The 98-96 win marked the fifth time this season Golden State capped off a W with a game-winning shot. In fact, we wrote about it!
We’ll Always Have Monday
This was the worst sequel since The Matrix Reloaded, you guys!
All kidding aside, the last 24 hours were pretty taxing for LeBron James, who had to follow up his record-setting 61-point performance—compiled over 41 grueling minutes—by hopping on a plane for a date with one of the fastest-paced teams in the NBA.
After dodging a last-ditch heave from the King himself (who finished with 22 points), the Rockets prevailed, 106-103, thanks to a beautifully balanced attack (all five starters finished in double figures).
With so many expecting an epic encore, it’s easy to forget just how stark a reminder of his own peerless prowess LeBron put forward Monday.
Furthermore, it’ll be interesting to see whether Kevin Durant’s night (more on that in a bit) moves the needle back in his favor.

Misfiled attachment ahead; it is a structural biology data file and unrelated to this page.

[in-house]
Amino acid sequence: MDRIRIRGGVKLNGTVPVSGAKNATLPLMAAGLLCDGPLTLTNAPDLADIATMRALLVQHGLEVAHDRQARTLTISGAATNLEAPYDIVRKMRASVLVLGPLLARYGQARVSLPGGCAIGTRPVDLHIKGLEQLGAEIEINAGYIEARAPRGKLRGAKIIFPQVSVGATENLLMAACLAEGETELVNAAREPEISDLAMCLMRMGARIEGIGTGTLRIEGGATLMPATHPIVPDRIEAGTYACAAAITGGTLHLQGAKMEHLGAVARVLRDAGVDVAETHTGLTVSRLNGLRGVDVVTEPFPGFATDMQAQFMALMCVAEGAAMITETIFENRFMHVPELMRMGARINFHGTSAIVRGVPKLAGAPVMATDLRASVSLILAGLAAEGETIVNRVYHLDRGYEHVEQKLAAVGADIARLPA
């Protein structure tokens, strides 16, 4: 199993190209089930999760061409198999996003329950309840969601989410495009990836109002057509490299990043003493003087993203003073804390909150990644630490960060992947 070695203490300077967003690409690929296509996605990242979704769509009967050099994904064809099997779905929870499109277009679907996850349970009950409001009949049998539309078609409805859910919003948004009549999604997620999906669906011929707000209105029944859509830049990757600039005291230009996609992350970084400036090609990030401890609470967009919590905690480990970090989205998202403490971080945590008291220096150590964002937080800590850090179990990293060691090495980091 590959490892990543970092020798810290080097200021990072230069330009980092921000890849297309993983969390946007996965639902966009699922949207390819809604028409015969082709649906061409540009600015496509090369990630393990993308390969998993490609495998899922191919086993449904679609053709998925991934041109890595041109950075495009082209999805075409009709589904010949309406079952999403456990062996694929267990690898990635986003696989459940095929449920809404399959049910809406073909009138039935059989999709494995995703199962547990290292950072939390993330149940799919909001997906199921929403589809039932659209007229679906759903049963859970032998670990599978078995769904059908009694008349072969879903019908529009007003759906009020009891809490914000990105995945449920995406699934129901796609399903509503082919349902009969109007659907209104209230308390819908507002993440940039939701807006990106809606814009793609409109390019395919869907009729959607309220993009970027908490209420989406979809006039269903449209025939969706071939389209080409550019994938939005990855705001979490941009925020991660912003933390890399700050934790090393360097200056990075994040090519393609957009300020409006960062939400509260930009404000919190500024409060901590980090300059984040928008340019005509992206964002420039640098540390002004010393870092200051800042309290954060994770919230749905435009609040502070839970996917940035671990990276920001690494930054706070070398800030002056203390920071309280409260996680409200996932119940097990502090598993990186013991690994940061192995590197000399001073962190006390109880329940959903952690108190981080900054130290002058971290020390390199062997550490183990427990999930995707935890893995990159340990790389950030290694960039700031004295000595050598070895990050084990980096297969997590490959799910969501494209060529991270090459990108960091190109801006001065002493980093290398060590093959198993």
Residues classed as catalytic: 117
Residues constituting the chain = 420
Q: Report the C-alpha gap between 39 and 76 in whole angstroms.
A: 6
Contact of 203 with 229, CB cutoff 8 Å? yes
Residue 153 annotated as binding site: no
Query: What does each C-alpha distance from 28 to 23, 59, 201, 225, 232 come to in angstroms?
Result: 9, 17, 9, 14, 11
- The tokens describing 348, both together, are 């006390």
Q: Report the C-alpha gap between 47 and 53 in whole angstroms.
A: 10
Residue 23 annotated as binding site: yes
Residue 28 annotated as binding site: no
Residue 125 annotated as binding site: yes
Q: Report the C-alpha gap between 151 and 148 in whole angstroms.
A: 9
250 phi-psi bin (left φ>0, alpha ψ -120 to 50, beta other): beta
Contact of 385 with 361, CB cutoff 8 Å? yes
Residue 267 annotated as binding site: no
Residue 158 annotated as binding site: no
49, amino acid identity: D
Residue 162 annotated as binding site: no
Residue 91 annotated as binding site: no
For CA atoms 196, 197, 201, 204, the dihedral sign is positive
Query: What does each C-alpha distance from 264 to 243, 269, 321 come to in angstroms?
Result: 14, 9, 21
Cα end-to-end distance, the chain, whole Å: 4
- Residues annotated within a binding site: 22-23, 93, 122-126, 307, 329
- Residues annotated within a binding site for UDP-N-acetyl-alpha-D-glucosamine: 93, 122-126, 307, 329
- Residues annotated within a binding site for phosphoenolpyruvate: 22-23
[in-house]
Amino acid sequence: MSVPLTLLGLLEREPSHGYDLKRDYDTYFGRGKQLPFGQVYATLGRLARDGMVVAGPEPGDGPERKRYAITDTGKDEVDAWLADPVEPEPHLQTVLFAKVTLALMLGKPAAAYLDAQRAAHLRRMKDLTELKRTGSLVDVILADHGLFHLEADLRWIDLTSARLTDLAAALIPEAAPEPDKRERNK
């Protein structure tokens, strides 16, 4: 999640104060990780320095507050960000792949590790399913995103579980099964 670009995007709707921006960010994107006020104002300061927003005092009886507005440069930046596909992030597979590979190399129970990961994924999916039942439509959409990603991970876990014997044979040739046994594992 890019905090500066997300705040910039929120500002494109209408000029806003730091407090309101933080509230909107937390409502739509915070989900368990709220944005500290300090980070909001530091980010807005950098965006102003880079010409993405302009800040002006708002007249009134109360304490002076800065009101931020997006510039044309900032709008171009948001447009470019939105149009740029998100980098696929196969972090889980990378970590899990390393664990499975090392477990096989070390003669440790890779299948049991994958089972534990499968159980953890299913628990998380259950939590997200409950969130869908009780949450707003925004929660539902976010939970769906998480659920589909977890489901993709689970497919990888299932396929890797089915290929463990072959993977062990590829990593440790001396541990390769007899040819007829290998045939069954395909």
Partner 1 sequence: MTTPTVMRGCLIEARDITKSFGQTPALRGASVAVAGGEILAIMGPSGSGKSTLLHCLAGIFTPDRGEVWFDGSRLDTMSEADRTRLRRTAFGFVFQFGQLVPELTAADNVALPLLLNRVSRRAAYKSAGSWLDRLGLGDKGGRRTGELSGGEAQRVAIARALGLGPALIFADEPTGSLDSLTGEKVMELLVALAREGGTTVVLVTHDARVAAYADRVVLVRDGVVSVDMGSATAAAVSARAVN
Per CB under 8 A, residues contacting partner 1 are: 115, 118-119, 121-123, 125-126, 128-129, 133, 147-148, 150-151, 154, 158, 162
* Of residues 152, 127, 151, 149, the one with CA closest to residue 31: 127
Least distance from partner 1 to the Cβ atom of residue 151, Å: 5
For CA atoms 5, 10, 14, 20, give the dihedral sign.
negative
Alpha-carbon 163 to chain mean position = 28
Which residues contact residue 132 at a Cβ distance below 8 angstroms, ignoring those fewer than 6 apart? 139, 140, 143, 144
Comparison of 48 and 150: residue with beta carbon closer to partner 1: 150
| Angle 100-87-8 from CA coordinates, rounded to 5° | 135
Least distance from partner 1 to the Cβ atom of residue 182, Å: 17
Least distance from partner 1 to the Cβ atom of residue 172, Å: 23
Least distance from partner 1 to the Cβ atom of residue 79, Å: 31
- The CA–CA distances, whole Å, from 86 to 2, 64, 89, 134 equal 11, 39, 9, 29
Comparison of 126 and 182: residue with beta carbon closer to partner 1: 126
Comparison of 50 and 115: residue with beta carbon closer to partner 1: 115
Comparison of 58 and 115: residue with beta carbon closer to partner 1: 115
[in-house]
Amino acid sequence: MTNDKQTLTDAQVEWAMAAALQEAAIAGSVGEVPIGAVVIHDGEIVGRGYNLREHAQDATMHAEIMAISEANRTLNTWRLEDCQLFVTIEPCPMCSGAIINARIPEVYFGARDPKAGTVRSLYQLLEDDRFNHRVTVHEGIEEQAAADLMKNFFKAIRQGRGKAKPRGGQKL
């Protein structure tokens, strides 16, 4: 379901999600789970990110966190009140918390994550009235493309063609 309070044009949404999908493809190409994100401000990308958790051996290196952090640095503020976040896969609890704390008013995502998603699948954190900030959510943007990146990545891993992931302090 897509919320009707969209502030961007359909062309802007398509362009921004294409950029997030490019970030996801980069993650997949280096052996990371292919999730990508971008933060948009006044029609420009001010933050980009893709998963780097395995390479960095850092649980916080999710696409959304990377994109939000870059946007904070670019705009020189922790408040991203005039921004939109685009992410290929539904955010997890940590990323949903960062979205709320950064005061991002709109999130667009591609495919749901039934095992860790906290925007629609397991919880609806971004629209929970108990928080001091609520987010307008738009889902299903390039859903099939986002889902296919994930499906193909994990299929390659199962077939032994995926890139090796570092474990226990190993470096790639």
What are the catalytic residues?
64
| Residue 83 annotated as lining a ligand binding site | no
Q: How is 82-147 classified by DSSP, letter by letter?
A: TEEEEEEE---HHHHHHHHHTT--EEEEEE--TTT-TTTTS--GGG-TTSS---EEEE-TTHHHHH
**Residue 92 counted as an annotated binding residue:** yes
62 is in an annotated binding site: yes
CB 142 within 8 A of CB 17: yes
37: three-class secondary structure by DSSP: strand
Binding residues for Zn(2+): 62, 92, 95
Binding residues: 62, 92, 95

Has there ever been a more compelling race for the NBA’s MVP? If there has, it might be taking a backseat before we know it.
I’m Still Here
Speaking of that Durant dude, he put in some serious work, albeit against not-so-serious competition.
KD finished with 42 points on a crisp 14-of-20 from the floor to go along with nine rebounds and a trio of dimes in OKC’s 125-92 win over the Sixers.
It’s hard to say who bore the biggest brunt of Durantula’s onslaught, though it doesn’t take much more than a cursory glance at Philly’s roster to appreciate the severity of its predetermined doom.
With his next four games coming against some of the league’s weaker defensive units, Durant has a chance to recapture the MVP narrative.
After all, LeBron says he’s not paying attention to that stuff anyway, according to Bleacher Report’s Ethan J. Skolnick.
You think Kevin Durant believes that? Me neither.
Enter Matt Barnes, who has quietly strung together one of the best stretches of his 12-year career.
With his 28-point performance—a season-high for L.A.’s firebrand forward—in Wednesday night’s 104-96 win, Barnes is now averaging 17.3 points and 5.1 rebounds on 59 percent shooting (including 51 percent from three-point range) over his last six games.